ואלה שני היי ישמעאל מאת שנה ושלשים שנה ושבע שנים ויגוע וימת ויאסף אל עמיו :

Ve elleh shenei chayye Yishma’el meat shanah u-sheloshim shanah ve sheva’ shanim vay-yigva’ vay-yamat vay-yeasef el ‘ammaiv (Sefer Bereshit 25:17).

“These were the years of Ishmael’s life: a hundred years and thirty years and seven years, and he expired and he died, and was brought in to his people.”

Based on the text, Rashi in “Parashas Chayei Sarah, Sefer Bereshit 24:17 he explains that the Hebrew phrase: vay-yigva’ (ויגוע), is to refer to Ishmael as the righteous, ישמעאל הצדיק (Yishma’el ha-Tzadiq), lit. “Ishmael the Righteous”, because Ishmael himself is one of the righteous men, Tzadiqim (צדיקים). Rashi said: ויגוע (vay-yigva’) lit. “and he expired” – lo ne’emrah gevi’ah elle be-tzadiqim (לא נאמרה גויעה אלא בצדיקים), lit. “expiring is not stated in Scripture except regarding the righteous [7]

The Talmud Bavli also explains: “Three things were created on the basis of the name of the Holy One, צדיקים (tzadiqim), lit. “the Righteous”, המשיח (ha-Moshiach), lit. “the Messiah”, וירושלים (ve Yerushalayim), lit. “and Jerusalem (Talmud Bavli, masechet Baba Bathra 75b). ישמעאל (Yishmael) is the righteous, as well as the Messiah, both were created on the basis of the name of the LORD. And the name of Ishmael was called by his name before he was created.

ששה נקראו בשמותן עד שלא נולדו. ואלו הן יצחק, וישמעאל, ומשה רבנו, ושלמה, ויאשיהו, ושמו של משיח

Shishshah niqreu bi-shemotan ‘ad shello noladu, ve ellu hen, Yitzhaq, ve Yishma’el, u-Moshe Rabbenu, u-Shlomoh, ve Yoshiyyahu, u-shemo shel ha-Moshiach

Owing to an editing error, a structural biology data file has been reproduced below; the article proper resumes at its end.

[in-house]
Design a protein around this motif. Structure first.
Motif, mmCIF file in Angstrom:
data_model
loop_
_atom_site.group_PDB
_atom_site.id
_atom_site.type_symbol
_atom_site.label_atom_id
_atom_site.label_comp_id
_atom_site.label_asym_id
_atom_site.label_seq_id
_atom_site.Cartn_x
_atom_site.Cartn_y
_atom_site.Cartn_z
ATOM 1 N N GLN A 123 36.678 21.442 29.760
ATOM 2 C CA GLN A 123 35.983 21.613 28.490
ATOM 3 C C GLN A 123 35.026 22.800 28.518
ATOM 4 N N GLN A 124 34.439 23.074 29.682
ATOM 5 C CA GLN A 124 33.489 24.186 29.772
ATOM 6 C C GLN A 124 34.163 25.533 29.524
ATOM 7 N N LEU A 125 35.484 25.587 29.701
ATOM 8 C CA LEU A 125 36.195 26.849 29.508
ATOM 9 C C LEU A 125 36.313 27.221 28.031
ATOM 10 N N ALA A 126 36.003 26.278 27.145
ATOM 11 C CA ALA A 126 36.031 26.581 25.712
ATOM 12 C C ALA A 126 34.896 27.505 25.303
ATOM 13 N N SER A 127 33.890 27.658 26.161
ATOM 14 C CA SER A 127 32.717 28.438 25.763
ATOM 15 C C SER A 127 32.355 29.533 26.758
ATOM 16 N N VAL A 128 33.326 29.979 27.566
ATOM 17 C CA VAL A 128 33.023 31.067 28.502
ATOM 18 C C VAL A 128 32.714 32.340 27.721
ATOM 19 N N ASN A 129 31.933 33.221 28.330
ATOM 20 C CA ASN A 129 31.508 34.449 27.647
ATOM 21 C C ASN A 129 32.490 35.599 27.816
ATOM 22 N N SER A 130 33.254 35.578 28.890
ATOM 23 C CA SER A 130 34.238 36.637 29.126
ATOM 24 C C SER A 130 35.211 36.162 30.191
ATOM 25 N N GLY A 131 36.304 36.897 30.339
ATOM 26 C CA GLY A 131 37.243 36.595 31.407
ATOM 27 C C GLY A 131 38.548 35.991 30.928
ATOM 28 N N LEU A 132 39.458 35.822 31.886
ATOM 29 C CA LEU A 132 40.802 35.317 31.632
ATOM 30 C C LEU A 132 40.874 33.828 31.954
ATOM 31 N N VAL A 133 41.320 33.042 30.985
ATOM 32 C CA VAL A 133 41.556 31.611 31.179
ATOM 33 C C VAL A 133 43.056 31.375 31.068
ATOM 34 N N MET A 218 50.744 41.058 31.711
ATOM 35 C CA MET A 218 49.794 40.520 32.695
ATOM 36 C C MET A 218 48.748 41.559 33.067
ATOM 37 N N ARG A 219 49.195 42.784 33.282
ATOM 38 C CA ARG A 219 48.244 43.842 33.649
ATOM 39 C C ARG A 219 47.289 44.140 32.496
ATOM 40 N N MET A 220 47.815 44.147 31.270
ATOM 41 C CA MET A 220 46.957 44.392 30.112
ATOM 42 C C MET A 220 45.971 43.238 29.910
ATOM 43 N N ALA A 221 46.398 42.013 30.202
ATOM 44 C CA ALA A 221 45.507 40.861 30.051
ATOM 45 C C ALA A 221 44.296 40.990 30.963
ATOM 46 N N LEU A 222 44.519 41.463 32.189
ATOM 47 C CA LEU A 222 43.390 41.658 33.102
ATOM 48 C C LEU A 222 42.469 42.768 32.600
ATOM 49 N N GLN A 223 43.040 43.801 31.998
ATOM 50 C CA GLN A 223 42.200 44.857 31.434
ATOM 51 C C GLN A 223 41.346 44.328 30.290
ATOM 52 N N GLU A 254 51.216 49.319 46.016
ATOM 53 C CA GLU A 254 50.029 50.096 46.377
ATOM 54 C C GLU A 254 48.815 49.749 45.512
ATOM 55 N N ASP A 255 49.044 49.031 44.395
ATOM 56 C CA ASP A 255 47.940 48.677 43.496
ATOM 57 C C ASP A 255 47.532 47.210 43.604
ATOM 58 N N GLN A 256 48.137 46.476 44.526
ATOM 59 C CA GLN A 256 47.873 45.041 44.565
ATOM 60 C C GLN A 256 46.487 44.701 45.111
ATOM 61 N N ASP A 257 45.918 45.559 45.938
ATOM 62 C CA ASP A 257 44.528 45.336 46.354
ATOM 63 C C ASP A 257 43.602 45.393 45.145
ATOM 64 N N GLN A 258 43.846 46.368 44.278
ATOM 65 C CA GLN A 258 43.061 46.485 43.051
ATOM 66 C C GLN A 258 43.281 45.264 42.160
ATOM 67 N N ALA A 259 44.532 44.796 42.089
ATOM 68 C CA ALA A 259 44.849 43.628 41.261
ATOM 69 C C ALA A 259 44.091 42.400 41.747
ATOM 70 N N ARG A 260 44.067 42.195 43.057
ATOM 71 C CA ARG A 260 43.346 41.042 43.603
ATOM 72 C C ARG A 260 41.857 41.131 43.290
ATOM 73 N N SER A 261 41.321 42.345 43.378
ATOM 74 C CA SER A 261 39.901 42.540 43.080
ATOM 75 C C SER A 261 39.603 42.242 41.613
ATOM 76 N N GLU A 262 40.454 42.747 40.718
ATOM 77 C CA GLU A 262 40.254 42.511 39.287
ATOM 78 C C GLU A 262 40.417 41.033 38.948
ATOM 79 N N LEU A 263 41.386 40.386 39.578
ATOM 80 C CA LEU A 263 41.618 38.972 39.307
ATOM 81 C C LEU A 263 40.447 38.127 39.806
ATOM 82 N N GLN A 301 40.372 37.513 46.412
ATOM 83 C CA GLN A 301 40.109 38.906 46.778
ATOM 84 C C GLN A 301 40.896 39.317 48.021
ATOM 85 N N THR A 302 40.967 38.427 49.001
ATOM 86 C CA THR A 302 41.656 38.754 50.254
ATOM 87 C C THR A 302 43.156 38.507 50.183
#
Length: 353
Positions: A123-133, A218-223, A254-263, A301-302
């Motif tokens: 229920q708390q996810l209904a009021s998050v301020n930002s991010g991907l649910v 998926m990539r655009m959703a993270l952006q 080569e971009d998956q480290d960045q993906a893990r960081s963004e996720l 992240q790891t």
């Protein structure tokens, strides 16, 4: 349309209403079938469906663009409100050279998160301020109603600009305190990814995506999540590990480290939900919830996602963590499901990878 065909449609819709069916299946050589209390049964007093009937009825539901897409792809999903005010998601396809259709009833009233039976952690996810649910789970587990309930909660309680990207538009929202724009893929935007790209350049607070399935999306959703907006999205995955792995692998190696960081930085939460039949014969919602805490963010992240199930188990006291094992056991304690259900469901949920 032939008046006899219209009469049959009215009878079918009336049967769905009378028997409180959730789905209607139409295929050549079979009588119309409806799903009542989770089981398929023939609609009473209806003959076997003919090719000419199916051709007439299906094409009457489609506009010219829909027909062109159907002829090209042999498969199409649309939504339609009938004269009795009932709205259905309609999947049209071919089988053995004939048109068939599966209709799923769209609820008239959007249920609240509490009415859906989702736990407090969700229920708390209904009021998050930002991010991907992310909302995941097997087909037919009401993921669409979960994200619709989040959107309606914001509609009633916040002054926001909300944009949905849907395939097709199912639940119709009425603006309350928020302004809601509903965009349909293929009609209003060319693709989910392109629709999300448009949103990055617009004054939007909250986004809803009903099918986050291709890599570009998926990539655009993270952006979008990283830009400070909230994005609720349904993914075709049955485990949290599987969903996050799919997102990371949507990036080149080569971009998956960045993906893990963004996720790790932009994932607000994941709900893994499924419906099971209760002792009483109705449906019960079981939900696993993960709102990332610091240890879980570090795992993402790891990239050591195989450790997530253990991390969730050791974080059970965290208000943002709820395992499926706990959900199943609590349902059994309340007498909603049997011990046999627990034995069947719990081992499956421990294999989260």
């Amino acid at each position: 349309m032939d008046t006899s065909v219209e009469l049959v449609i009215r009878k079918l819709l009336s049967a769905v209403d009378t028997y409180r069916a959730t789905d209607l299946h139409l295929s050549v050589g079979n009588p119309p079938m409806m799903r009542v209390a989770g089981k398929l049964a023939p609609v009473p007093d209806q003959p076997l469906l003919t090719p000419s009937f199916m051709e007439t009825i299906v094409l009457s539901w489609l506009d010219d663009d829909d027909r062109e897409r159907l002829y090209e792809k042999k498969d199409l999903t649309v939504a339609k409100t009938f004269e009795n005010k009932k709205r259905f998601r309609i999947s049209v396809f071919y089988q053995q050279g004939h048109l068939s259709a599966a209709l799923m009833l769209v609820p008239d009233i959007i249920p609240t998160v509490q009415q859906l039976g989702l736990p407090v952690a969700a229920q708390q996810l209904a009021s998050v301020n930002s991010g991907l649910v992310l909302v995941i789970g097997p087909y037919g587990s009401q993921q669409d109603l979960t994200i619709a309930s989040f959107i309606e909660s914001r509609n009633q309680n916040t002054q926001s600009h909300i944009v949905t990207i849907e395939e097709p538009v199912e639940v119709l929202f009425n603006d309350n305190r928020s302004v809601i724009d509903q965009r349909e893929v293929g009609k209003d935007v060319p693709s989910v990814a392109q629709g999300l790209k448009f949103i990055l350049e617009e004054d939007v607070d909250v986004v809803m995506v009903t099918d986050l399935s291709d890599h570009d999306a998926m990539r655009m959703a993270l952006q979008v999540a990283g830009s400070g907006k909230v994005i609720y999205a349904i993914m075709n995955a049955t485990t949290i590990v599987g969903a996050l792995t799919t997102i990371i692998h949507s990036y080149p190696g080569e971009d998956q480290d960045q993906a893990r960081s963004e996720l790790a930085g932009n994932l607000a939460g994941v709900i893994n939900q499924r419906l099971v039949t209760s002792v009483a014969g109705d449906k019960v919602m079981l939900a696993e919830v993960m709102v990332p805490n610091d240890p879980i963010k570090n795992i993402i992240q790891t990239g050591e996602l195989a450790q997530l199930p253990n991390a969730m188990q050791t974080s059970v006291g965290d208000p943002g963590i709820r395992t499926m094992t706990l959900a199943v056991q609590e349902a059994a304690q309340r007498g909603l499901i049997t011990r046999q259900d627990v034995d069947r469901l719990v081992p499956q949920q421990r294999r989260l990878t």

Six peoples were called by their names before they were begotten, and they are Isaac, Ishmael, Moses, Solomon, Josiah, and the name of King Messiah [8].

 

 

Footnotes:

  1. See Sampson A. Isseroff. An Introduction to Rashi’s Grammatical explanations in the Book of Genesis (USA: the Torah Education Dep’t of the World Zionist Organization, 1985), p.6
  2. See Rabbi Nosson Scherman. Ba’al ha-Turim Chumash. Bereshit. (New York: Mesorah Publications, Ltd., 2013), pp. 21-22.
  3. See Rabbi Yaakov Tzevi Meclenburg. ha-Ketav ve ha-Kabbalah. Torah Commentary (USA – Jerusalem: Lamba Publisher, 2001), pp. 217-218.
  4. See Mark Shoulson. Torah Girsah Yehudit ve Girsah Shomronit behashuvah. The Torah: Jewish and Samaritan Versions Compared (New Jersey, USA: Evercype, 2008), p. 37
  5. See Benyamin Tsedaka. The Israelite Samaritan Version of the Torah. First English Translation Compared with the Samaretic Version (Grand Rapids, Michigan-Cambridge: William B. Eerdmans Publishing Company, 2013), p.34
  6. See Rabbi Nosson Scherman. Baal ha-Turim Chumash (Brooklyn, New York: Masorah Publications, Ltd., 2013), p. 29
  7. See Rabbi Yisrael Isser Zvi Herczeg. Phirush Rashi. Bereishis/Genesis. The Torah with Rashi’s Commentary, Translated, Annotated and Ellucidated (Brooklyn, New York: Mesorah Publications, Ltd., 1999), p.269.
  8. See Rav Eliezer. Pirke de Rav Eliezer ‘im be-Ur hab-Bayit hag-Gadol (Yerushalayim: Eshkol, 1965), p. 108